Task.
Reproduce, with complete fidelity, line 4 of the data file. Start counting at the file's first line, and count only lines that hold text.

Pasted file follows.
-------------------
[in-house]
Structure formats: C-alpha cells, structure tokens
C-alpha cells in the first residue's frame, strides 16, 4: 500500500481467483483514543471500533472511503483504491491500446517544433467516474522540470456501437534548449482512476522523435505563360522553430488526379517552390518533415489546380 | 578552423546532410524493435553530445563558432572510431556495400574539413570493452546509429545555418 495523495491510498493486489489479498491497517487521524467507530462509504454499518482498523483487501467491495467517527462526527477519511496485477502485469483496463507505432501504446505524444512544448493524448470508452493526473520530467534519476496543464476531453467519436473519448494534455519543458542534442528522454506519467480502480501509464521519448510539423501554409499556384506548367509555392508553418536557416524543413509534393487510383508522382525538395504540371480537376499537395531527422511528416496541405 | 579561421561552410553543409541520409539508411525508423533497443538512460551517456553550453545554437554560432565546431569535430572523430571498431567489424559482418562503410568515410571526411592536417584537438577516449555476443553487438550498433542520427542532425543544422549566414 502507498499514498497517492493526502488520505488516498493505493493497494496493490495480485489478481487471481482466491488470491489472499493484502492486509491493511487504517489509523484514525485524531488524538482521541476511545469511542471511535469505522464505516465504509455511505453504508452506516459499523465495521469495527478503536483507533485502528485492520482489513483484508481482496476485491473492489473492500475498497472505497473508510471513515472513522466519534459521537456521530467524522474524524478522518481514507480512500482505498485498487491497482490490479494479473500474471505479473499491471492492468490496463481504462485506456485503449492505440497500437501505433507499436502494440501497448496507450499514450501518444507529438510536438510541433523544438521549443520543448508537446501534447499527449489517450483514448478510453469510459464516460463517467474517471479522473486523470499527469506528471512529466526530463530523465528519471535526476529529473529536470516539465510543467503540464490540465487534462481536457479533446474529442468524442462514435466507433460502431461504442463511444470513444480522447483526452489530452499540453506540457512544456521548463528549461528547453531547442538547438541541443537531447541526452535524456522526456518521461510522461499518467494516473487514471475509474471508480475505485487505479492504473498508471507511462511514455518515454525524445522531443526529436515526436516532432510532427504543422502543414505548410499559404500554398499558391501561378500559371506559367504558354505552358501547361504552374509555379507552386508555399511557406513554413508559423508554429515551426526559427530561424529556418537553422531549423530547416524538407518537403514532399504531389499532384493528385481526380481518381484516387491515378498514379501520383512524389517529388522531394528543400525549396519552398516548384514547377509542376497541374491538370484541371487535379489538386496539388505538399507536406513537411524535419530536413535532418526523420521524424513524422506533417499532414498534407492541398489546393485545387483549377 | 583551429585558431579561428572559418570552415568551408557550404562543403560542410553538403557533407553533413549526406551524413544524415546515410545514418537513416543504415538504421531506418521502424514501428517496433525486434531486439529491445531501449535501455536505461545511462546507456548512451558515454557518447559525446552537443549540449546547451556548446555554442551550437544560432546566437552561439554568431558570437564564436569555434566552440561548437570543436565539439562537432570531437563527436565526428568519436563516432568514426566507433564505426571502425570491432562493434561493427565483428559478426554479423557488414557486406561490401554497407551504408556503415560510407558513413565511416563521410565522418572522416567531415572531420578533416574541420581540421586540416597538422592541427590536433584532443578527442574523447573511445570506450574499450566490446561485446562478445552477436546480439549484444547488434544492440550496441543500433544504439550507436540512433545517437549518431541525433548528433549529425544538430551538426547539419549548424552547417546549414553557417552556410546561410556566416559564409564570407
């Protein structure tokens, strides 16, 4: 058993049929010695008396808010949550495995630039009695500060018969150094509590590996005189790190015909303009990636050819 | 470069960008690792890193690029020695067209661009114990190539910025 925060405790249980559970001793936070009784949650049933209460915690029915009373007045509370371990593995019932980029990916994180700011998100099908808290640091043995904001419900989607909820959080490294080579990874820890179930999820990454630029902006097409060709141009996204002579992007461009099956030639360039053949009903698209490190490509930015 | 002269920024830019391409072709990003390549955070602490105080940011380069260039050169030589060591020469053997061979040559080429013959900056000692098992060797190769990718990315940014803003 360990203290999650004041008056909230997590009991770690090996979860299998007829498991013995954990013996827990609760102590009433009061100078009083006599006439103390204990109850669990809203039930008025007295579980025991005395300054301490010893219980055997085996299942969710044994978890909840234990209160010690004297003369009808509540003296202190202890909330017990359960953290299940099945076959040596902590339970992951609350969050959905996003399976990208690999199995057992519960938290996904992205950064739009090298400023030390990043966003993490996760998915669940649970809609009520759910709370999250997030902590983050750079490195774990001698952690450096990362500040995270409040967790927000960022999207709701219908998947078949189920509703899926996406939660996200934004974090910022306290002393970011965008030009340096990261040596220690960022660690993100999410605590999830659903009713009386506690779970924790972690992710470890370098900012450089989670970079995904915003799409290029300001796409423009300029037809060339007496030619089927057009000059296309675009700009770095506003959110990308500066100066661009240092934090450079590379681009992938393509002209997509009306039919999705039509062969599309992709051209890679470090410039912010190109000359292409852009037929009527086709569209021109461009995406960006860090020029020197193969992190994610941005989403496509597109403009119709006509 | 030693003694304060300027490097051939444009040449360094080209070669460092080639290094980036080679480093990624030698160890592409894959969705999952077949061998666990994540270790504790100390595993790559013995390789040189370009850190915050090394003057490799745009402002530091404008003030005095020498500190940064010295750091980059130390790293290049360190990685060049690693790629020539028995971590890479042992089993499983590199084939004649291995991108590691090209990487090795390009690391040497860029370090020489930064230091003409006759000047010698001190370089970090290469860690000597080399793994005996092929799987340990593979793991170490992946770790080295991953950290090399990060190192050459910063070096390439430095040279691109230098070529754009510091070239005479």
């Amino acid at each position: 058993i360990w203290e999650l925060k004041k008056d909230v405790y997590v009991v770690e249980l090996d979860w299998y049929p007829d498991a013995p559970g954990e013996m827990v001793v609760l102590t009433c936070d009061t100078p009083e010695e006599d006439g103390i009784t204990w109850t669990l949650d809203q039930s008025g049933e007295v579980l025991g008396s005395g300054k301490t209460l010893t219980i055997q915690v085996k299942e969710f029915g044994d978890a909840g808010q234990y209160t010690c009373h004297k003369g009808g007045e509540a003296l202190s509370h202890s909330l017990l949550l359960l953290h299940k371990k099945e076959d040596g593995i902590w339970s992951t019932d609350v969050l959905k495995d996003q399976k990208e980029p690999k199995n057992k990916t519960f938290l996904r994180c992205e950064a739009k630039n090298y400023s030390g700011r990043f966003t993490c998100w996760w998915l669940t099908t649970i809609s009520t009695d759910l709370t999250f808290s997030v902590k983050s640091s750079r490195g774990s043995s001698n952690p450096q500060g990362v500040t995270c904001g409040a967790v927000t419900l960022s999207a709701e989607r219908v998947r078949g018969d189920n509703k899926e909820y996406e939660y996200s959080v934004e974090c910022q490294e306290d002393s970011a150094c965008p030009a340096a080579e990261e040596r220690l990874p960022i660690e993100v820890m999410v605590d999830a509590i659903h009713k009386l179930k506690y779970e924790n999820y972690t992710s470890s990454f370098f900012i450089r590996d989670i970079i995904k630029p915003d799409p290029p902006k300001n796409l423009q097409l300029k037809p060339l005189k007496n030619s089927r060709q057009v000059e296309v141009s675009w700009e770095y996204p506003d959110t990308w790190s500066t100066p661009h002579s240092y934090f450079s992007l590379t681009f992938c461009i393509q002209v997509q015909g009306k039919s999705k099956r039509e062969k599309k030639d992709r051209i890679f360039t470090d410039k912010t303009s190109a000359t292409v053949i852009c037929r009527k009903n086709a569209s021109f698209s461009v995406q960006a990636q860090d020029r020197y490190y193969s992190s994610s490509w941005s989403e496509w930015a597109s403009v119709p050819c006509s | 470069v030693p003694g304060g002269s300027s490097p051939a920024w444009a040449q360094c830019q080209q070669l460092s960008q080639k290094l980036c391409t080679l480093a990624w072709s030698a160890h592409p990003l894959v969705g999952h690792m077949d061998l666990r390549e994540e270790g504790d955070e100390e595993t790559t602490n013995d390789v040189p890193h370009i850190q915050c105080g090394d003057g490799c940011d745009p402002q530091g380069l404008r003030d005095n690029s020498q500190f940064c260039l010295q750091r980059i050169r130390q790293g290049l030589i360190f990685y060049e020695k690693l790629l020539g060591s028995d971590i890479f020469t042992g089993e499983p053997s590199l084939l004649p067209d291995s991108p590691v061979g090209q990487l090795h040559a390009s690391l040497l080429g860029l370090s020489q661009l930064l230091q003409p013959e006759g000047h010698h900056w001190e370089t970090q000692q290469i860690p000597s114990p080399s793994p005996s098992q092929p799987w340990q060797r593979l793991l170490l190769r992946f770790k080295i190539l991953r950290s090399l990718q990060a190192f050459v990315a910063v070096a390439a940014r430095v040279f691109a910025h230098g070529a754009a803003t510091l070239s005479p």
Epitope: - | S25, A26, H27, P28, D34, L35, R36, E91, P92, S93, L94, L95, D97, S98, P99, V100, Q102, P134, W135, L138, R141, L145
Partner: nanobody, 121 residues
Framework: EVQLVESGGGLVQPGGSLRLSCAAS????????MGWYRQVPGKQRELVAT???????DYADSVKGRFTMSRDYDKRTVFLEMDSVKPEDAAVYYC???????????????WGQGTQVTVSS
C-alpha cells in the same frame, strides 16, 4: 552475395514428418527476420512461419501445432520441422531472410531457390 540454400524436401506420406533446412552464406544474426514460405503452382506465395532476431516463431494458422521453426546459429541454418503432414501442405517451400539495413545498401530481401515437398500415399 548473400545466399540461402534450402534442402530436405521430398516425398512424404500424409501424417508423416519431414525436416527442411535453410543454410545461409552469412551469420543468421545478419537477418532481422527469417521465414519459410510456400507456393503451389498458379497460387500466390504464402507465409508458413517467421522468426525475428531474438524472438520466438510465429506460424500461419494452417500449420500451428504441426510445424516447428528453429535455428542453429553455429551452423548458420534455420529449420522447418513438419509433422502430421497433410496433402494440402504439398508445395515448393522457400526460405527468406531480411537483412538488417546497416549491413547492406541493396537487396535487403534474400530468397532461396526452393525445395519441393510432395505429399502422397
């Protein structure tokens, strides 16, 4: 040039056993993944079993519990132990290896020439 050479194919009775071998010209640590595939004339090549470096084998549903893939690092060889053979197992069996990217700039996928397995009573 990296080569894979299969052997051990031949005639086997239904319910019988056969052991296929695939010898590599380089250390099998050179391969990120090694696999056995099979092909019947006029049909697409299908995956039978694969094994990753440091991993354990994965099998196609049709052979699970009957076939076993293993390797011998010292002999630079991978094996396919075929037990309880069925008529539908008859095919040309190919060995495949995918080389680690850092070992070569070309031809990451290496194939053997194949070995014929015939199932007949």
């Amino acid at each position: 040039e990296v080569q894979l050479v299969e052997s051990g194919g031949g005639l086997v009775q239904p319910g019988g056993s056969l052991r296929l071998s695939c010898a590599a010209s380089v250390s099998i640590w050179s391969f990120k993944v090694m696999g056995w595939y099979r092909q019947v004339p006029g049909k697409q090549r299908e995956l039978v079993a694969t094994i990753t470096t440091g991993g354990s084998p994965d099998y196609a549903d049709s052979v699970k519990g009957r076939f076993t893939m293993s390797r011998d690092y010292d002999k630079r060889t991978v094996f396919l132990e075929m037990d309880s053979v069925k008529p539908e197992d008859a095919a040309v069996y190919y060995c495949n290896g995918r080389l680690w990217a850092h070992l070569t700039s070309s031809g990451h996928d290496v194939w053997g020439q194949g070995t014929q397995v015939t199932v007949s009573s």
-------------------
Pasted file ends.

């Protein structure tokens, strides 16, 4: 058993049929010695008396808010949550495995630039009695500060018969150094509590590996005189790190015909303009990636050819 | 470069960008690792890193690029020695067209661009114990190539910025 925060405790249980559970001793936070009784949650049933209460915690029915009373007045509370371990593995019932980029990916994180700011998100099908808290640091043995904001419900989607909820959080490294080579990874820890179930999820990454630029902006097409060709141009996204002579992007461009099956030639360039053949009903698209490190490509930015 | 002269920024830019391409072709990003390549955070602490105080940011380069260039050169030589060591020469053997061979040559080429013959900056000692098992060797190769990718990315940014803003 360990203290999650004041008056909230997590009991770690090996979860299998007829498991013995954990013996827990609760102590009433009061100078009083006599006439103390204990109850669990809203039930008025007295579980025991005395300054301490010893219980055997085996299942969710044994978890909840234990209160010690004297003369009808509540003296202190202890909330017990359960953290299940099945076959040596902590339970992951609350969050959905996003399976990208690999199995057992519960938290996904992205950064739009090298400023030390990043966003993490996760998915669940649970809609009520759910709370999250997030902590983050750079490195774990001698952690450096990362500040995270409040967790927000960022999207709701219908998947078949189920509703899926996406939660996200934004974090910022306290002393970011965008030009340096990261040596220690960022660690993100999410605590999830659903009713009386506690779970924790972690992710470890370098900012450089989670970079995904915003799409290029300001796409423009300029037809060339007496030619089927057009000059296309675009700009770095506003959110990308500066100066661009240092934090450079590379681009992938393509002209997509009306039919999705039509062969599309992709051209890679470090410039912010190109000359292409852009037929009527086709569209021109461009995406960006860090020029020197193969992190994610941005989403496509597109403009119709006509 | 030693003694304060300027490097051939444009040449360094080209070669460092080639290094980036080679480093990624030698160890592409894959969705999952077949061998666990994540270790504790100390595993790559013995390789040189370009850190915050090394003057490799745009402002530091404008003030005095020498500190940064010295750091980059130390790293290049360190990685060049690693790629020539028995971590890479042992089993499983590199084939004649291995991108590691090209990487090795390009690391040497860029370090020489930064230091003409006759000047010698001190370089970090290469860690000597080399793994005996092929799987340990593979793991170490992946770790080295991953950290090399990060190192050459910063070096390439430095040279691109230098070529754009510091070239005479």